The sky was a refreshing azure blue that the French Riviera claims as its very own color. The waves lapped at the sides of the yachts lounging by a stretch of harbor clinging to the sharp incline from the Mediterranean Sea that goes by the name of Monte Carlo, a part of the Principality of Monaco. Perched on the hillside and jutting into my line of vision was the Monte Carlo Casino, one of the main attractions of the area, and it commanded a presence for all to see. Just the name Monte Carlo conjures images of irresistible allure, glamour, and the fruits that only the very, very wealthy can possess. In fact, it looked as rich as it really was
As I gazed at the landscape before me, I was mesmerized by the beauty and tranquility of the scene. It was the first stop on my new gig as an occasional cruise-ship lecturer and I was having breakfast on the upper deck of the ship aptly named Riviera. My mind started racing about all kinds of thoughts that the images below were channeling to me. The first image was serenity and peacefulness, since it was a perfect late autumn day, and the cool breeze only hinted at the sharp, damp winter ahead. But more complex thoughts about the incredible wealth I was witnessing soon clouded my view and the beauty of the surroundings took on a more somber tone
Wealth intrigues me, like many people I imagine. Since wealth can afford one a life of many diverse and interesting experiences, it is appealing to me. But the trappings of wealth, such as beautiful clothes, expensive jewelry, luxury cars, the best food, or even luxury yachts, doesn’t interest me. I find that many of these coveted objects are actually distractions from living a rich, full, and meaningful life.
I am not against acquiring wealth, in fact, I am happy that through my life I was able to save enough for a comfortable retirement and to give me the means to modestly help support our nonprofit organization, the Center for Global Awareness. But I do question and I am more and more disturbed by the increasing gulf between rich and poor that I witnessed at the harbor in Monte Carlo. Just how much difference in wealth is too much? Well, that is a difficult question.
If we measure the “too much wealth” by the sale of luxury yachts over the last few years, we can say that the gap is too much. The French Riviera is a major yachting and cruising center with several marinas, including Monte Carlo, along its coast. Each year the French Riviera hosts 50% of the world’s superyacht fleet, with 90% of all superyachts visiting the region’s coast at least once in their lifetime.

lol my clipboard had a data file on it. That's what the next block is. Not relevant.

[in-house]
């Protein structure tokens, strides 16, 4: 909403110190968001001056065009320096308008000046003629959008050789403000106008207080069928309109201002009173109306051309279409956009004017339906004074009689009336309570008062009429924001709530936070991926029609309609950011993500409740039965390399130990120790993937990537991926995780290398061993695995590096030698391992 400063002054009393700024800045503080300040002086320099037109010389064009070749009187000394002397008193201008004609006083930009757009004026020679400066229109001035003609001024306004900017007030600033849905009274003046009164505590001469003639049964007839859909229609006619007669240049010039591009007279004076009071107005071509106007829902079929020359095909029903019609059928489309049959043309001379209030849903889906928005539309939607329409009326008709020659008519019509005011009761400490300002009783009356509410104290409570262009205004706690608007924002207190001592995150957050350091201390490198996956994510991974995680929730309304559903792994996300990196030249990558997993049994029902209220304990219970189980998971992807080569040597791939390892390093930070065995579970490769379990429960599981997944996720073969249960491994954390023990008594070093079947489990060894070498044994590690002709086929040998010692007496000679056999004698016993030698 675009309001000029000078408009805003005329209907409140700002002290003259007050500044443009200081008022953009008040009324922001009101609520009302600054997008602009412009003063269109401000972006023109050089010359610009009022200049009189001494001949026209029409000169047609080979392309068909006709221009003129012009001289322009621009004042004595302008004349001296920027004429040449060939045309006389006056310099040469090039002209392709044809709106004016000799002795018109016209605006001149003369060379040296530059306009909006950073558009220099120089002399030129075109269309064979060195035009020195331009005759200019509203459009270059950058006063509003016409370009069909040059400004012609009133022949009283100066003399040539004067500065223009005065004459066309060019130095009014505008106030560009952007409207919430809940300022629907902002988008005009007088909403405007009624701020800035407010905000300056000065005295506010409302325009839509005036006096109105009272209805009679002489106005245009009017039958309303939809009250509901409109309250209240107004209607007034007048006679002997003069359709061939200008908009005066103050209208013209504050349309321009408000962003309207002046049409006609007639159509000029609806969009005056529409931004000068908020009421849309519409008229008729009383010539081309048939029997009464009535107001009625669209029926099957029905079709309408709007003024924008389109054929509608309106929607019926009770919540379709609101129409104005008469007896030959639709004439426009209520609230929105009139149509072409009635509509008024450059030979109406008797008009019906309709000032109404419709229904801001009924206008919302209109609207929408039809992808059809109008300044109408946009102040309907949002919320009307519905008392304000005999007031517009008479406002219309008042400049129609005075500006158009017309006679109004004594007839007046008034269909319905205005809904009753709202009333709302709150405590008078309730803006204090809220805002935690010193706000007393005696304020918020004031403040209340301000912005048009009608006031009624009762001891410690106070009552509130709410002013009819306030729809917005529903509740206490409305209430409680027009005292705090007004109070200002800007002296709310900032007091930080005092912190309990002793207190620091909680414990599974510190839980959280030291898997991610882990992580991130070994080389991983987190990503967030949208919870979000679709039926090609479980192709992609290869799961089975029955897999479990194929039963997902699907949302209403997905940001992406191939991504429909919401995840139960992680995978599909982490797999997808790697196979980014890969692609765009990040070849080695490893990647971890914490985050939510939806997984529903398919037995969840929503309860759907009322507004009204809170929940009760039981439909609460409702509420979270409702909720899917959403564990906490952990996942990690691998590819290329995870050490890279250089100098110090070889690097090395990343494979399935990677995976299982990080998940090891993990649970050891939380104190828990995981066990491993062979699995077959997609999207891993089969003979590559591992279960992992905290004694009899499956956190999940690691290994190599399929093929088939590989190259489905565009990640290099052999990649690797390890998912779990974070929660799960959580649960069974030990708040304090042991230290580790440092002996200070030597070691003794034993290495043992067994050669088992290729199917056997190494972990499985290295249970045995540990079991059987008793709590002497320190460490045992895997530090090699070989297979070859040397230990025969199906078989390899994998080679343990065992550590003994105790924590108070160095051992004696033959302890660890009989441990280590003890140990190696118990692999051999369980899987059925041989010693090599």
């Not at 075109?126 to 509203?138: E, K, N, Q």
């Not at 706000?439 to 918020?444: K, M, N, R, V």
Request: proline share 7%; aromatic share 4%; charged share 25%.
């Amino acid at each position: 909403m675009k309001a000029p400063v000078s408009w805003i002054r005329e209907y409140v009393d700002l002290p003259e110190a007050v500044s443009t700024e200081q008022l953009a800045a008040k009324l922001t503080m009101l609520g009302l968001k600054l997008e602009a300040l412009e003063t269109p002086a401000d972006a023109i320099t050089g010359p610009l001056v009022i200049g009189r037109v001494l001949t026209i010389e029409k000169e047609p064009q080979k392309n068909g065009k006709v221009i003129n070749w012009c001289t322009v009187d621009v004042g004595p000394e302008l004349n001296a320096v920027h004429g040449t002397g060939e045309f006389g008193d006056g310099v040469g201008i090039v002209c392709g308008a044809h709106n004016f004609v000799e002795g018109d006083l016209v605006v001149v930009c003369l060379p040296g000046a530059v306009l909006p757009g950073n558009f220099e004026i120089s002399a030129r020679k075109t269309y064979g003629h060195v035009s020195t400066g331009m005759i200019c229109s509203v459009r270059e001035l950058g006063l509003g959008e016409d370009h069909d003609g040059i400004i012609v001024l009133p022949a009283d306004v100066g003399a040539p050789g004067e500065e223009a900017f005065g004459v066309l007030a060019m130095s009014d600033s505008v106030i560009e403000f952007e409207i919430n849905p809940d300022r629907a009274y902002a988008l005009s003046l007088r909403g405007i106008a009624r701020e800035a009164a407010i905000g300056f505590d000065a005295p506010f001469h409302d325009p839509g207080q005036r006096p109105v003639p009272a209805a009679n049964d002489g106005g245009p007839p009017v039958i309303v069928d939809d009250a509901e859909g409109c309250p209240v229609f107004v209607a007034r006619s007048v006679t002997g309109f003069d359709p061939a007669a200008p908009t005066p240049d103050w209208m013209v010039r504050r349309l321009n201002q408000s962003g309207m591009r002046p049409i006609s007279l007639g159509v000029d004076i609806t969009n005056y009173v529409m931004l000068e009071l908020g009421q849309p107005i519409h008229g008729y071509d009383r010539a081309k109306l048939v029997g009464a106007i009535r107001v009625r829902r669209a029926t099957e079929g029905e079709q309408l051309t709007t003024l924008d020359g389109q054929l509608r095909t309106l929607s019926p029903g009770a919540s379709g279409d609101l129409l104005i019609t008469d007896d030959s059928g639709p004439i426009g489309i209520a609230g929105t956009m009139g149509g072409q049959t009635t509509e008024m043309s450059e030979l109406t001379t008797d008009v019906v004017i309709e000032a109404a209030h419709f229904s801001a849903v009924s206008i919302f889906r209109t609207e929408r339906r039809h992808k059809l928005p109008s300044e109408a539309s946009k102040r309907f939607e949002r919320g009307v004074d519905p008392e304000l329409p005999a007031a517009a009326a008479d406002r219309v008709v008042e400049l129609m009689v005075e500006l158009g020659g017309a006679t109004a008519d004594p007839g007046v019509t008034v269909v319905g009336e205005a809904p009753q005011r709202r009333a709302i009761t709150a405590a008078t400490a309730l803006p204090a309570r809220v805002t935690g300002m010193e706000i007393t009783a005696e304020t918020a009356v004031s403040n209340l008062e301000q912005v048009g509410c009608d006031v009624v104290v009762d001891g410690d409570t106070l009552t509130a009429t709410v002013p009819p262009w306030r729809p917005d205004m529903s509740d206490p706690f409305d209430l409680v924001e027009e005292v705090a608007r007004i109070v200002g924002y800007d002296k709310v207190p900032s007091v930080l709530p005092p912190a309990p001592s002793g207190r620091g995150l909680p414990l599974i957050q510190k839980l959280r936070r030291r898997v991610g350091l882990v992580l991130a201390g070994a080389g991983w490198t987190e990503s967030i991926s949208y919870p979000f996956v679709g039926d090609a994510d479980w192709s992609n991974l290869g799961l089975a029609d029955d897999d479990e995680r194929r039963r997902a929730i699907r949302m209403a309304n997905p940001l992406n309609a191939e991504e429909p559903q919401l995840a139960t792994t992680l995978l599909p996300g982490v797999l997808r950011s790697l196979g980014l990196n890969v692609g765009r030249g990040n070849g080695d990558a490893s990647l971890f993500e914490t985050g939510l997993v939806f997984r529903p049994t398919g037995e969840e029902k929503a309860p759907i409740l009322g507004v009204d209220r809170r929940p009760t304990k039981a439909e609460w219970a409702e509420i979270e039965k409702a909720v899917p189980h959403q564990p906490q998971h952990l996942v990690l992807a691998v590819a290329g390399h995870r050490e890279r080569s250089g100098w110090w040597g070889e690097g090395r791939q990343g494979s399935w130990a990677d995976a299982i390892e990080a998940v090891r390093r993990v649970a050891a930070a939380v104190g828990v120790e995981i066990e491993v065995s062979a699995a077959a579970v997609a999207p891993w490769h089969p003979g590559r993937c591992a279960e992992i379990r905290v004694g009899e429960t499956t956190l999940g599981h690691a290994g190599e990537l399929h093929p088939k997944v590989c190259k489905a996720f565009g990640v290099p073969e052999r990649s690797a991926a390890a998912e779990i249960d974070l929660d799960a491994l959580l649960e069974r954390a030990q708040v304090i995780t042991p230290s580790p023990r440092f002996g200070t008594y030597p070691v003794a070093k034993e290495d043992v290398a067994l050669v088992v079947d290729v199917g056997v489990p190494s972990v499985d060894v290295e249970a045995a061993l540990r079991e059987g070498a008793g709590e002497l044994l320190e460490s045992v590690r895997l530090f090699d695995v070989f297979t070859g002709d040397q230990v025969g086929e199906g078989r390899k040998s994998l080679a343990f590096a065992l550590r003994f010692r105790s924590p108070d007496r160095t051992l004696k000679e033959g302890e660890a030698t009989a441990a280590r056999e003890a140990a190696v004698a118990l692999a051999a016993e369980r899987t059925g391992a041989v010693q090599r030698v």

According to Boat International, a luxury yacht is “a crewed yacht, most often owned by the richest people in the world who enjoy the unrivaled luxury and exclusive privacy of these floating abodes.” The popularity of luxury yachts continues to grow, with over 700 luxury yachts for sale in 2015 and over 700 new yachts on order in 2016. And you will be happy to know that the world’s largest yachts keep on growing in size. In 2016, there is a record number of new yachts, currently 50, being built that surpass the 100-meter barrier (328 feet).
Who owns these massive beasts? One name that caught my eye was Larry Page, the founder of Google. He was the inventor of the technology that was supposed to democratize information, but he seems to have profited mightily from his invention.
Yacht sightings and the increase in yacht sales is just one indicator of the yawning gap between rich and poor, a disparity that has detrimental and far-reaching consequences throughout the world. I will not flood you with facts supporting this claim, since facts alone only go so far in conveying the disheartening feelings that accompany this growing gap, and often numb us into despair at the enormity of the problem. We all know it is occurring in a myriad of ways that affect our everyday lives and those of our communities, nation, and world. Perhaps these images can serve as a reminder that inequality still exists and is growing, and will not be resolved by a political leader who is long on promises and short on policy. Remember, a rising tide can lift all yachts, but it can also give rise to a full-throated resistance and rebuttal to the policies and actions that sustain the yacht-class.